You see it every day (usually), and you interact with it all the time (really). Yet, most people do not know much about it. What is it? What's in it? Why does it smell? Why is it (usually) brown? Where is it? Everywhere. It's poop.


Poop seems very simple, and childish, and funny (to me, at least). Yet, there is a lot in it that makes it a much more complex subject. Our feces, as we know, is  made up of waste that our body discards. Depending on your metabolism, each bowel movement weighs about 100 to 250 grams (or about .5lbs). As surprising as it might be, feces is made of many constituents. To begin, 75% of feces consists mostly of water. Yes, you read it right. It's just plain old water. The 25% left is solid matter.

The Composition of Poop (Credit: Number 2 Guide)

This solid matter is also made out of many constituents. Dead bacteria makes up 30% of the solid matter. Another 30% is given to indigestible substances, such as cellulose. From 10 to 20% of the solid matter are cholesterol and other fats. Then there is roughly 10 to 20% inorganic compounds, such as phosphate and calcium, that our body dearly needs but can only absorb in very limited quantities. Finally, our solid matter is composed from 2 to 3 percent protein (that’s why dogs who lack nutrients eat poop: poop is full of nutrients!). There are also a few more superficial ingredients in poop: some cell debris from the mucus membrane in the intestinal tract, bile pigments, and dead leucocytes also end up in our poop.

Getting to an interesting part now:

Why is our poop brown?

The reason is actually quite simple. As you all know, there are lots or bacteria in our digestive tract. Bacteria’s action on bilirubin, a pigment generated by the breakdown of hemoglobin in our liver and bone marrow, is the main reason for a turd to be brown. It is also bacterial action that gives poo its very…particular odor.


Most people today say that feces are "gross,’’ but fecal material is everywhere. Didn’t you know? if you don’t believe me, this comes straight from the Centers for Disease Control. For example, after a research in Atlanta-area public pools, fecal matter, in this case the gastrointestinal E. coli bacteria showed in 93 of these pools (58%). But don’t freak-out (yet), the bacteria didn’t make anyone sick. Ultimately, if the staff are cleaning to pools as they should (using the proper chemicals) you shouldn't have anything to worry about.

In fact, there is a really good chance that there is fecal matter on your keyboard, on your computer, on your purse, on your cellphone, on your ice in your glass of water...and there is two hundred times more fecal matter on your cutting board and sponge in your kitchen than in your bathroom (yes, really) – in other words: It's everywhere.

But how?

Photo credit: Janice Haney Carr/CDC

(Yes, the pun was intended). The good news in this (yes, there is some) is that, as far as your personal objects go, the fecal matter on them would mostly be your own, so no biggie. "Every gluteal fold [butt crack] has poop in it’’ says Chuck Gerba, a microbiologist from the University of Arizona. More specifically, there is about one tenth of a gram of poop in each butt crack (about a quarter of a peanut). From there, about 500 million E. coli bacteria transfer to our underwear, and then into the laundry water, spreading over all of our other clothing and our hands when we put the load in the dryer.  Then from our hands, the fecal matter is free to go where many feces have bravely gone before: Everywhere. Now would be the time to freak out. But don't. We have been covered in feces since always, and we always will be...and we turned out pretty well, all things considered.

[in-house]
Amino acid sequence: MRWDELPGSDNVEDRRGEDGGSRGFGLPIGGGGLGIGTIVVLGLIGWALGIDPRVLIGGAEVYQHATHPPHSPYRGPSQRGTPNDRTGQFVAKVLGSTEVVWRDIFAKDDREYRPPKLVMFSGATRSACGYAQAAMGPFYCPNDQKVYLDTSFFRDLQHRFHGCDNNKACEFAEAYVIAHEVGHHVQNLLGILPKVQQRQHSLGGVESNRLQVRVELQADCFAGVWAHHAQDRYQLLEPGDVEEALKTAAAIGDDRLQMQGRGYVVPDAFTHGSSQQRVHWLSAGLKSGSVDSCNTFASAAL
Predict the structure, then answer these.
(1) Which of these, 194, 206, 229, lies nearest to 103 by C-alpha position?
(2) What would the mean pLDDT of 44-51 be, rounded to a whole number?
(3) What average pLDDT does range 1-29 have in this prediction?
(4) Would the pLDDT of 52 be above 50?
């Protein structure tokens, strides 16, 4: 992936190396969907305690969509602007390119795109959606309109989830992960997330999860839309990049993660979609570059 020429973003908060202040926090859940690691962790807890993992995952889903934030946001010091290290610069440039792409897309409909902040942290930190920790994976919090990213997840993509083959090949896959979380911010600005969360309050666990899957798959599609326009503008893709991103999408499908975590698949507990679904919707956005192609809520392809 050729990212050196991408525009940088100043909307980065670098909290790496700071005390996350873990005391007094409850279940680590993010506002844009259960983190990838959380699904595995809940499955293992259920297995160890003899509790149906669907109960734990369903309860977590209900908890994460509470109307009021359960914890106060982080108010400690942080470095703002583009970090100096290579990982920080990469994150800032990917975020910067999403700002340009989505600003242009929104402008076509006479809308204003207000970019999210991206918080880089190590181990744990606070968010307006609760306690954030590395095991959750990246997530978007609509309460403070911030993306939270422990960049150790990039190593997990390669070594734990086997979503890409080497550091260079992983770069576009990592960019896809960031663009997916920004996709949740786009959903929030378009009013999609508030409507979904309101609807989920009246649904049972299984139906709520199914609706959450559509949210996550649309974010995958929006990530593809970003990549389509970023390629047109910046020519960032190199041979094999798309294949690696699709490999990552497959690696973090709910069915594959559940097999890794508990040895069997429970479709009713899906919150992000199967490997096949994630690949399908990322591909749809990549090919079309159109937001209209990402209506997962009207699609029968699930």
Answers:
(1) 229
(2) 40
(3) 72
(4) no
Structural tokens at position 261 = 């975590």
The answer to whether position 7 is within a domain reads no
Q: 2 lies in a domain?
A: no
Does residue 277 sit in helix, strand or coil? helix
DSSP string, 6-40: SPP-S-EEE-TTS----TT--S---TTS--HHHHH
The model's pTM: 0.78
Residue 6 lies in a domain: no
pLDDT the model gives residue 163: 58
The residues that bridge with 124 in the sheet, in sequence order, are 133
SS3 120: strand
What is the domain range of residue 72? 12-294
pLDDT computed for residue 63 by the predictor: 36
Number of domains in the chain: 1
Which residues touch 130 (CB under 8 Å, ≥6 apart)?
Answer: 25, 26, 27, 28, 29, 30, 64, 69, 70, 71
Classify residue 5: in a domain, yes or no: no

Then, of course, there is the aerosolization  of feces – it’s what we get when we flush the toilet, thus creating an invisible fecal mist. Yup, a fecal mist of water containing fecal material, material which splashes all over the place (the sink, the floor, the toothbursh that's sitting on the sink counter, and even on ourselves). Now, you could try to protect yourself by quickly zipping up, flushing, and running away, but sadly, this won’t help you much: Traces of fecal matter remain in the air for about two hours, meaning that you are infected by your predecessors from the moment entering the bathroom stall.

But really, there should be no worries about your own poop; it’s other people’s and animal’s poop that you should be worried about, that’s where potentially harmful bacteria lie. As far as we know, everybody is always covered with their own dung (and it isn’t everybody that has appropriate hand hygiene), and that’s why diseases get transmitted. Public faucets, for example, are very contaminated, and so are elevator buttons and ATMs, and I won’t even mention children, who are basically walking fecal matter delivery services.


No one can succeed living fecal-matter free. Nobody. Really, I've tried. But there are some precautions you can take to not get sick in other’s poop:

1.   Don’t be too paranoid.
2.   Use bleach on cutting boards and kitchen sinks: it will not cause any antibiotic resistance and will kill the germs.
3.   Use hand sanitizers now and then, especially after using the restroom (aka unknown poop land). Using sanitizers once or twice a day is just enough (any more and you’ll be hopping towards number 1).
4.   Sanitize children’s hands (after touching every touchable thing in the surroundings, you really should).
5.   If you swim in a public pool, try doing it before everybody else and especially before summer camps and swimming lessons.

Good luck to everybody fighting fecal matter!

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